9 June 2021
Promises Made, Promises Kept
This time last year, I was elected chair of the Clackamas County Board of Commissioners outright in the May 2020 primary election. I accomplished this by winning over 50 percent of the vote, meaning that a runoff in the November general election would not be necessary.
People all over Oregon took notice of my upset win. I had taken on an incumbent with a huge war chest of campaign cash, was heavily outspent and still came out on top.
Many people wondered how I managed to pull it off.
As a longtime resident of this county, I’m keenly aware of the issues that matter the most to my neighbors. I’ve always made it a point to keep in touch with people and hear their concerns about the issues affecting them. And most importantly, I paid attention to what the board of commissioners and its former chair were doing and where those actions and decisions were leading the county.
In the years since I had last served as commissioner, the county went from being responsive to citizen concerns to more worried about the well-being of consultants who provided questionable services to people who never asked for them in the first place.
Instead of being mindful about the way that taxpayer dollars were being spent, the board’s chair was constantly looking for more ways to fund these bogus expenses and unnecessary expansion of non-essential county government operations.
Rather than having a budget that balanced, it was ballooning, bulging and becoming unsustainable.
Perhaps worst of all, the priorities of Clackamas County residents were taking a backseat to those of Metro.
Serving the citizens was less of a priority for the former chair than his own family’s personal financial gain. The Oregon Government Ethics Commission was sufficiently outraged by his actions to find him guilty and impose a fine. The former chair then had the audacity to ask county taxpayers to foot the bill for his related legal expenses. His fellow commissioners went along with it, until public outrage caused them to reverse their position.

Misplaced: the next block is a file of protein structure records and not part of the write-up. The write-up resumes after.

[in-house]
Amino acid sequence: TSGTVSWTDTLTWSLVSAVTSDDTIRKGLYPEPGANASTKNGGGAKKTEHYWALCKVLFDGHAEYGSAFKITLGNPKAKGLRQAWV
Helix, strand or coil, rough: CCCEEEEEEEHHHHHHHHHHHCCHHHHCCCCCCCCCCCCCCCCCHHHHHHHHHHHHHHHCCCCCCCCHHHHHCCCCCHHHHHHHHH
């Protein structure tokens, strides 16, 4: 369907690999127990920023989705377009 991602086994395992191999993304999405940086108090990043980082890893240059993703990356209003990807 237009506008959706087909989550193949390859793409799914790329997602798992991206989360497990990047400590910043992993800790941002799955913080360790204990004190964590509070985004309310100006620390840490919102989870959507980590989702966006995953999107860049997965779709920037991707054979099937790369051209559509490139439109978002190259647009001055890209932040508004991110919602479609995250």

I took office in January and hit the ground running to get the county going back in the right direction. When I found out that Metro was charging our constituents too much for garbage pickup service, I lead the charge to hold that agency accountable.
When it was suggested that our commissioners and other elected officials should get pay raises, I voted against it. I also made every effort to repeal a vehicle registration fee that the previous board put in place with no public input.
While we’ve been successful in getting the county’s budget back to being balanced and pushing back on Metro, I’ve also been outvoted on some of these matters. I’ve also had to contend with the constant use of our regular business sessions as soapboxes for activists who are still disgruntled that the commissioners they supported and campaigned for were fired by the county’s voters for doing a bad job.
I’m pleased to report that, after almost half of a year on the job, Clackamas County is back on track.
Reversing years of poor policy decisions and misplaced priorities hasn’t been easy. Nor will it all get done overnight. However, I’m just as committed to the cause as I was last year, when the results of the 2020 May primary election were first announced.
As always, I invite comments by all at any time here…
13 April 2021
Hold Their Feet to the Fire
As chair of the Clackamas County Board of Commissioners, it’s my job to set the agenda in such a way that the county’s 400,000 residents are well-served. When I suspect that they aren’t being well-served, I must bring that to the attention of my fellow commissioners so we can work together to make it right.
This is exactly what happened recently. I was informed that Metro may be overcharging county residents for trash collection services.
Unfortunately for Metro, they’ve been called out on this bogus practice. The Board of Commissioners has taken the first step towards correcting this wrong, due to public pressure. Now I’m counting on you to help keep up the pressure and hold them accountable.
When I ran for the chairmanship position last year, one of the central planks of my platform was ensuring that Clackamas County residents get their money’s worth. Another was standing up to Metro and not letting that agency take advantage of our taxpayers.
At my direction, an ordinance was drawn up to amend the county’s code to state that if Metro reduces or is required by a court to reduce its tip fee, the waste management fee shall be reduced for customers on a dollar-for-dollar basis.